The traditional staff Christmas party is probably not going to happen this year, and so you may want to reward staff in other ways. A gift is a nice way to spread some festive cheer if you can’t get together for a party – but employers should be aware that the taxman doesn’t take Christmas off!
In this guest post, Graeme Lovell, Tax Director at Langdowns DFK Chartered Accountants, explains the tax rules on gifts to staff.
Your staff probably deserve a Christmas thank-you more than ever this year after the trials we’ve all been through in 2020. However, some employers who are used to throwing a Christmas party and are considering what to do instead this year are uncertain about the tax implications of giving gifts. Here’s an example of the kind of question we’re being asked:
“We normally have a staff Christmas bash, but this year for obvious reasons we are not having one. We are looking at giving each member of staff a store voucher and a bottle of wine. What is the maximum tax–free gift value here please?”
As with many tax matters, there’s a simple answer… and a more comprehensive one.
The simple answer is that the maximum tax-free gift value is £50 per head.
The more comprehensive answer is that it depends!
First, let’s look at the conditions that must be met in order to provide tax-free “trivial benefits” such as Christmas presents.
- The benefit must not exceed £50. This applies to each time you provide a trivial benefit, so there is some scope to give a store voucher and a bottle of wine separately, and each will be subject to its own £50 threshold. Tread carefully, as there are anti-avoidance rules which would apply if HMRC could demonstrate that the gifts were “connected”.
- It cannot be a cash payment. However, store vouchers are allowed, providing they can’t be exchanged for cash (in practice, very few can be).
- The gift must not be part of any contractual obligation – so it cannot be catered for in the employment contract, for instance.
- The gift cannot be payment for services that are performed as part of regular employment. For example, you may not reduce the employee’s salary subject to PAYE by the amount you are going to gift.
As long as it’s not cash, the gift itself could be anything, providing the cost is below £50 per head – so store vouchers and bottles of wine are fine.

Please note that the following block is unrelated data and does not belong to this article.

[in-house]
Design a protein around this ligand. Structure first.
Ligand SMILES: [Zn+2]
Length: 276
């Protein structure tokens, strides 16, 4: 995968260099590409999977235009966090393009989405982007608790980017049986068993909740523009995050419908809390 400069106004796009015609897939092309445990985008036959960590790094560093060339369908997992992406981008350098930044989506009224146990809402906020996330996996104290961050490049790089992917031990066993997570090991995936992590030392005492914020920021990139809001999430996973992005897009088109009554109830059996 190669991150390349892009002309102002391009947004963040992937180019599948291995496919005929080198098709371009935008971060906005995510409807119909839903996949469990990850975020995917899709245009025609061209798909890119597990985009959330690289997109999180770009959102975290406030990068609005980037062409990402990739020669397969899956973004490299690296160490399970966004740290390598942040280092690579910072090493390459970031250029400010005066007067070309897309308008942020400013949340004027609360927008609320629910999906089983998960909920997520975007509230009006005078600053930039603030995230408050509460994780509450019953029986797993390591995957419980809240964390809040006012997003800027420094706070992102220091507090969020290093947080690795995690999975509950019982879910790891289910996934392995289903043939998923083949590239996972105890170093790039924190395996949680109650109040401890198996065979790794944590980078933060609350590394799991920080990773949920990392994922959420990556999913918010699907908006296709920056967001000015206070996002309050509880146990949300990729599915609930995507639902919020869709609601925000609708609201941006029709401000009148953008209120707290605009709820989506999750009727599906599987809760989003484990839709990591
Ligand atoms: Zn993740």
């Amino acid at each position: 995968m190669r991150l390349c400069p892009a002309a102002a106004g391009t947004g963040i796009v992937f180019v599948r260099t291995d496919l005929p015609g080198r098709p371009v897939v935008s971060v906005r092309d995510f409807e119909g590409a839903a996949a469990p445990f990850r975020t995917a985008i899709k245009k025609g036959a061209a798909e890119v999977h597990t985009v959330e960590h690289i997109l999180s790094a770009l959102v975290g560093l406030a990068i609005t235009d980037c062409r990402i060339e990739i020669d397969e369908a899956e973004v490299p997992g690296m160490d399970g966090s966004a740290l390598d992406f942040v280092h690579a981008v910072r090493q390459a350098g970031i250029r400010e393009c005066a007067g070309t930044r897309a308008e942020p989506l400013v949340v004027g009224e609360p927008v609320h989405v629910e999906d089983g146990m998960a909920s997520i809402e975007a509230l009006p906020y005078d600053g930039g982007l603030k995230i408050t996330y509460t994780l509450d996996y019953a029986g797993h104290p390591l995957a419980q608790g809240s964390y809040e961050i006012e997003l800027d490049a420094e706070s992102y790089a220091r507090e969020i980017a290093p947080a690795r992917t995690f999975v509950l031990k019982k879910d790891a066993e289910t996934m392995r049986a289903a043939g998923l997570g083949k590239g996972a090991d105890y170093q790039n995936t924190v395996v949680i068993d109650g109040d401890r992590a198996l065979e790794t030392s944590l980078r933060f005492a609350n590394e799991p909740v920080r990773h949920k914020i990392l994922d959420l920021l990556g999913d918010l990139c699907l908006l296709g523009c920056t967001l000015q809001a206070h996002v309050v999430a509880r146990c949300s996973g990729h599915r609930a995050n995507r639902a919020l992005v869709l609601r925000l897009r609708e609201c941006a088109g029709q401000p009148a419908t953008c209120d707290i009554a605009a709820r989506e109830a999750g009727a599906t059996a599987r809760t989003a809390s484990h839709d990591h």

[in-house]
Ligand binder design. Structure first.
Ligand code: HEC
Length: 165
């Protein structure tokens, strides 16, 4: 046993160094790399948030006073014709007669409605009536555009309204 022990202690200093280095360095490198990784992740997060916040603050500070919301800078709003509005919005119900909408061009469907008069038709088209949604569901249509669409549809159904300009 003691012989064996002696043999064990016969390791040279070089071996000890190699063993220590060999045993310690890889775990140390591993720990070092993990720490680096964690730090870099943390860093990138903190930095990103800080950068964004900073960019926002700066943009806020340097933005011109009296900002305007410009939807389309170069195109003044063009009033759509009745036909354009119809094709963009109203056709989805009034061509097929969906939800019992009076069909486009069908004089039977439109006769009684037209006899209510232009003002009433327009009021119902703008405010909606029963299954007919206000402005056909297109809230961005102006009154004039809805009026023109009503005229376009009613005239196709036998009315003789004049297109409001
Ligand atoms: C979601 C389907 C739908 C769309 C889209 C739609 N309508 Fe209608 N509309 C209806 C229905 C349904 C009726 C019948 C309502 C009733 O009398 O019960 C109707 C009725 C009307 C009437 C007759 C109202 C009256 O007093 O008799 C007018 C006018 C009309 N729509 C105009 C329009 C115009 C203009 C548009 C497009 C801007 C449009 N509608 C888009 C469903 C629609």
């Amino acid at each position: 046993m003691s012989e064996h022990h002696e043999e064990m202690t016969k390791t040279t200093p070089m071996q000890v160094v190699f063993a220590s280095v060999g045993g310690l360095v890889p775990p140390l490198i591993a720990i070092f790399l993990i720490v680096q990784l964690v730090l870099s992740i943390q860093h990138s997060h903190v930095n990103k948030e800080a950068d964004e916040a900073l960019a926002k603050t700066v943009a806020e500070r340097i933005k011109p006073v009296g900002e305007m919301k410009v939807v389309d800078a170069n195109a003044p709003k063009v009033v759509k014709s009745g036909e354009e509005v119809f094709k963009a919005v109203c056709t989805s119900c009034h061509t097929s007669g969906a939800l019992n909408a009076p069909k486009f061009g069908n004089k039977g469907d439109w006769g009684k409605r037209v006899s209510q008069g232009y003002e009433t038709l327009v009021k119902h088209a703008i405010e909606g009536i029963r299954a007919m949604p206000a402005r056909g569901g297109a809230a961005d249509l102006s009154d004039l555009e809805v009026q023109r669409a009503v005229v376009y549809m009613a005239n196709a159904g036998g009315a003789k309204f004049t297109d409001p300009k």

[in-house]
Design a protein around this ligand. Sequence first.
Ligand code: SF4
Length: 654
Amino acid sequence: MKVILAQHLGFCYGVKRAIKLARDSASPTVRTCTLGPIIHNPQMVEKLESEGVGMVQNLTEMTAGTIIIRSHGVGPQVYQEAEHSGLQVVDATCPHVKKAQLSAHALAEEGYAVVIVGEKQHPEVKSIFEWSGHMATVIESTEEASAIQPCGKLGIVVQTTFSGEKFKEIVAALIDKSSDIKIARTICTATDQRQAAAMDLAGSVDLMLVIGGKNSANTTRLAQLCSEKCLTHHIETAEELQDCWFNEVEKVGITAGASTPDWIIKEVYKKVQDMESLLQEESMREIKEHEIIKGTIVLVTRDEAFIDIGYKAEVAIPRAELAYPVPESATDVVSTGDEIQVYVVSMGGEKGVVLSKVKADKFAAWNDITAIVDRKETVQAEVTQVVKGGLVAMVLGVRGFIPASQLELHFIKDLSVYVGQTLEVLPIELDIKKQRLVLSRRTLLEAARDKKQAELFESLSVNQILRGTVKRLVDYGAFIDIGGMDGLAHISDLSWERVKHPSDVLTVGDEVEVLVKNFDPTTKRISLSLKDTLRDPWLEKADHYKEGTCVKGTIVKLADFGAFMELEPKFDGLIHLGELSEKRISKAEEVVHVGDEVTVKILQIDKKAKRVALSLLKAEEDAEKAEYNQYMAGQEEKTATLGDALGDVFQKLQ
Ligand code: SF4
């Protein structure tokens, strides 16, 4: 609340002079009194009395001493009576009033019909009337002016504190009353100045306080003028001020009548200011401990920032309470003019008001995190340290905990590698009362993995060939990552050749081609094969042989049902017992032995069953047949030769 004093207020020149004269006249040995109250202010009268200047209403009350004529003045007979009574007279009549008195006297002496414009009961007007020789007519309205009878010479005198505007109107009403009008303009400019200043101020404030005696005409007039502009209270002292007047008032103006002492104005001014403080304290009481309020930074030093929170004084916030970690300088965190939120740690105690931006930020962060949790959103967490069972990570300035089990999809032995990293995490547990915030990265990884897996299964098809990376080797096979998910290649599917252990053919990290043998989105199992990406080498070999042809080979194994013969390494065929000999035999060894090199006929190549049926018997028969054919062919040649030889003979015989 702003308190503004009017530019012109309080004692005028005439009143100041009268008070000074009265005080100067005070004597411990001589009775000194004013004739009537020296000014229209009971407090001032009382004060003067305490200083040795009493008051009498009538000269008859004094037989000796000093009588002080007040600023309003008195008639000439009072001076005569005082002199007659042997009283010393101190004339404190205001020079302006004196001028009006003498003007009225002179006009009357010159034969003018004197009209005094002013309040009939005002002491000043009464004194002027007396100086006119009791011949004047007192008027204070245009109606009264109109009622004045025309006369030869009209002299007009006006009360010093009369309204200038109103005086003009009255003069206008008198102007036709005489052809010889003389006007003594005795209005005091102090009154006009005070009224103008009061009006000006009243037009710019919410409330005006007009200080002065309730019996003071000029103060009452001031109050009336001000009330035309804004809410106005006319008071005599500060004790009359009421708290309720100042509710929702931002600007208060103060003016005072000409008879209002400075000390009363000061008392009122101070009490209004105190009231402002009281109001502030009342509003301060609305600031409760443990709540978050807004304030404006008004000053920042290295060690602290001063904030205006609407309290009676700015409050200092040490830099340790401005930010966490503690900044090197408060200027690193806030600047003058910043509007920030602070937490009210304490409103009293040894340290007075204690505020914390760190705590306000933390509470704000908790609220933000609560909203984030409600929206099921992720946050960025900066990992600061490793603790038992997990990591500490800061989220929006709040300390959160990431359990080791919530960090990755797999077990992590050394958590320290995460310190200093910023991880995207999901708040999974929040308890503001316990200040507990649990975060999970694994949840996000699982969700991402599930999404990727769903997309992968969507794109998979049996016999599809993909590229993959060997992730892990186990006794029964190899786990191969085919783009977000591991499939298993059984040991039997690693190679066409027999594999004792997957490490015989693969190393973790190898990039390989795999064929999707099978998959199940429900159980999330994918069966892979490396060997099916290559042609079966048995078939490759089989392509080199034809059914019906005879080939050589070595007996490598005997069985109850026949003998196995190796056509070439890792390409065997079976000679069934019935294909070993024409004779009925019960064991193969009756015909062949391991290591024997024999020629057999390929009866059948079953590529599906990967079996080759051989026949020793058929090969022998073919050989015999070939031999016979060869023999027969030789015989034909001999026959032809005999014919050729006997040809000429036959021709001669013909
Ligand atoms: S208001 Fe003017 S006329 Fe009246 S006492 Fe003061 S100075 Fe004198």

The golden rule is to be sure not to spend a penny more than £50 – otherwise the full value of the benefit will be taxable.
If any of the staff are directors, the same principles above apply but you can be more generous – there is an annual cap of £300, rather than £50 per trivial benefit.
Is there a way to give gifts worth more than £50, tax-free?
There may be – if you are having a “virtual” Christmas party. The trivial benefits outlined above are in addition to the annual staff entertaining allowance of up to £150 per annum, per attendee. Normally, that is only associated with physical attendance at an actual event such as the Christmas bash you would usually have held and allows for venue hire, accommodation, transport, food and drink.
However, in the current climate, HMRC have now confirmed that – so long as it meets the usual conditions – a virtual Christmas party would qualify for that allowance, too.
So you may decide to hold some form of virtual Christmas party by video link, and permit staff to open gifts you have given them. Those gifts might be food and drink costing more than just the trivial benefits allowance of £50 each.
I appreciate this ‘virtual get together’ might be harder to achieve in some lines of business, but hopefully it is food for thought (no pun intended!)
For more ideas on celebrating Christmas under Covid-19 restrictions this year, check out the Reality HR team’s ideas in our 12 Ways of Christmas blog.